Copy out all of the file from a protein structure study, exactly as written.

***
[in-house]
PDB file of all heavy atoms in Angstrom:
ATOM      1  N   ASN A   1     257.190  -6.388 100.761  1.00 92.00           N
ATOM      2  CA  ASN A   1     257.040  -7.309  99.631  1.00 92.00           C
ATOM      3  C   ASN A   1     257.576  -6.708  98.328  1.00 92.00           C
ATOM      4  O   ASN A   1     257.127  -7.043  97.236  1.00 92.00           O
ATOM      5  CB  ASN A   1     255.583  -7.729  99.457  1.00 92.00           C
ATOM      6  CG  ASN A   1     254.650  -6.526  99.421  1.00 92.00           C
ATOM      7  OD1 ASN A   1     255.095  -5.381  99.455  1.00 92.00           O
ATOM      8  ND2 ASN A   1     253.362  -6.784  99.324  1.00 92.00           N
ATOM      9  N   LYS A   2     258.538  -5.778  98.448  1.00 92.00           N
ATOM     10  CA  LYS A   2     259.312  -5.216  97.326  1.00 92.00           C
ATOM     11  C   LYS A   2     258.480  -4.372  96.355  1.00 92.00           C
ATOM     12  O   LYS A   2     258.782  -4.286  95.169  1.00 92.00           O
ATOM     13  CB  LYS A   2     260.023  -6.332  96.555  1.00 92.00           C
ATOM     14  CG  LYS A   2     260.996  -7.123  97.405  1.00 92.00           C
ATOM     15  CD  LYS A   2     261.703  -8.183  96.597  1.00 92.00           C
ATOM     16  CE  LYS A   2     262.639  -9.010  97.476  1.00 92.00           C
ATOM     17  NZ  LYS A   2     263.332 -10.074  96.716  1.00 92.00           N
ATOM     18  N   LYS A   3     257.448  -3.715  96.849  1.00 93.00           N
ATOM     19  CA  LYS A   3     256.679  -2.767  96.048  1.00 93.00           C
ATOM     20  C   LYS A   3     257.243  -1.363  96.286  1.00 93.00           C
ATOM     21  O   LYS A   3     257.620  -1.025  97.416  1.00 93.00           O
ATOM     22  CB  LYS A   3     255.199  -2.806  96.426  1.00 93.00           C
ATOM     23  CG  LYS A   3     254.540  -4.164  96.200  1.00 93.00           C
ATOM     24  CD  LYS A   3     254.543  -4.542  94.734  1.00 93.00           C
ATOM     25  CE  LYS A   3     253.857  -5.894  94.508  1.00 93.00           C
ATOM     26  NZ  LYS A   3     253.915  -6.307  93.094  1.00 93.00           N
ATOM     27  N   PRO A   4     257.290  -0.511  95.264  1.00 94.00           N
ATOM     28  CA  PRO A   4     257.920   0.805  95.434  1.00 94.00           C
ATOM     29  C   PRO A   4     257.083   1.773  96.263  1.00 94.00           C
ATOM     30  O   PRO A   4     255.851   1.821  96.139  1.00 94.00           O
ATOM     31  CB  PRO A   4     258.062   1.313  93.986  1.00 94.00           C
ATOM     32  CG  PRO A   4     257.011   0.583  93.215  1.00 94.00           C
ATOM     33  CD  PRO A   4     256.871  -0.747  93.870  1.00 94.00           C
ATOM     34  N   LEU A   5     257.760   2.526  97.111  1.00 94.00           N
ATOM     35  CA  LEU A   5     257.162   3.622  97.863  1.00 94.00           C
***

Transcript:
[in-house]
PDB file of all heavy atoms in Angstrom:
ATOM      1  N   ASN A   1     257.190  -6.388 100.761  1.00 92.00           N
ATOM      2  CA  ASN A   1     257.040  -7.309  99.631  1.00 92.00           C
ATOM      3  C   ASN A   1     257.576  -6.708  98.328  1.00 92.00           C
ATOM      4  O   ASN A   1     257.127  -7.043  97.236  1.00 92.00           O
ATOM      5  CB  ASN A   1     255.583  -7.729  99.457  1.00 92.00           C
ATOM      6  CG  ASN A   1     254.650  -6.526  99.421  1.00 92.00           C
ATOM      7  OD1 ASN A   1     255.095  -5.381  99.455  1.00 92.00           O
ATOM      8  ND2 ASN A   1     253.362  -6.784  99.324  1.00 92.00           N
ATOM      9  N   LYS A   2     258.538  -5.778  98.448  1.00 92.00           N
ATOM     10  CA  LYS A   2     259.312  -5.216  97.326  1.00 92.00           C
ATOM     11  C   LYS A   2     258.480  -4.372  96.355  1.00 92.00           C
ATOM     12  O   LYS A   2     258.782  -4.286  95.169  1.00 92.00           O
ATOM     13  CB  LYS A   2     260.023  -6.332  96.555  1.00 92.00           C
ATOM     14  CG  LYS A   2     260.996  -7.123  97.405  1.00 92.00           C
ATOM     15  CD  LYS A   2     261.703  -8.183  96.597  1.00 92.00           C
ATOM     16  CE  LYS A   2     262.639  -9.010  97.476  1.00 92.00           C
ATOM     17  NZ  LYS A   2     263.332 -10.074  96.716  1.00 92.00           N
ATOM     18  N   LYS A   3     257.448  -3.715  96.849  1.00 93.00           N
ATOM     19  CA  LYS A   3     256.679  -2.767  96.048  1.00 93.00           C
ATOM     20  C   LYS A   3     257.243  -1.363  96.286  1.00 93.00           C
ATOM     21  O   LYS A   3     257.620  -1.025  97.416  1.00 93.00           O
ATOM     22  CB  LYS A   3     255.199  -2.806  96.426  1.00 93.00           C
ATOM     23  CG  LYS A   3     254.540  -4.164  96.200  1.00 93.00           C
ATOM     24  CD  LYS A   3     254.543  -4.542  94.734  1.00 93.00           C
ATOM     25  CE  LYS A   3     253.857  -5.894  94.508  1.00 93.00           C
ATOM     26  NZ  LYS A   3     253.915  -6.307  93.094  1.00 93.00           N
ATOM     27  N   PRO A   4     257.290  -0.511  95.264  1.00 94.00           N
ATOM     28  CA  PRO A   4     257.920   0.805  95.434  1.00 94.00           C
ATOM     29  C   PRO A   4     257.083   1.773  96.263  1.00 94.00           C
ATOM     30  O   PRO A   4     255.851   1.821  96.139  1.00 94.00           O
ATOM     31  CB  PRO A   4     258.062   1.313  93.986  1.00 94.00           C
ATOM     32  CG  PRO A   4     257.011   0.583  93.215  1.00 94.00           C
ATOM     33  CD  PRO A   4     256.871  -0.747  93.870  1.00 94.00           C
ATOM     34  N   LEU A   5     257.760   2.526  97.111  1.00 94.00           N
ATOM     35  CA  LEU A   5     257.162   3.622  97.863  1.00 94.00           C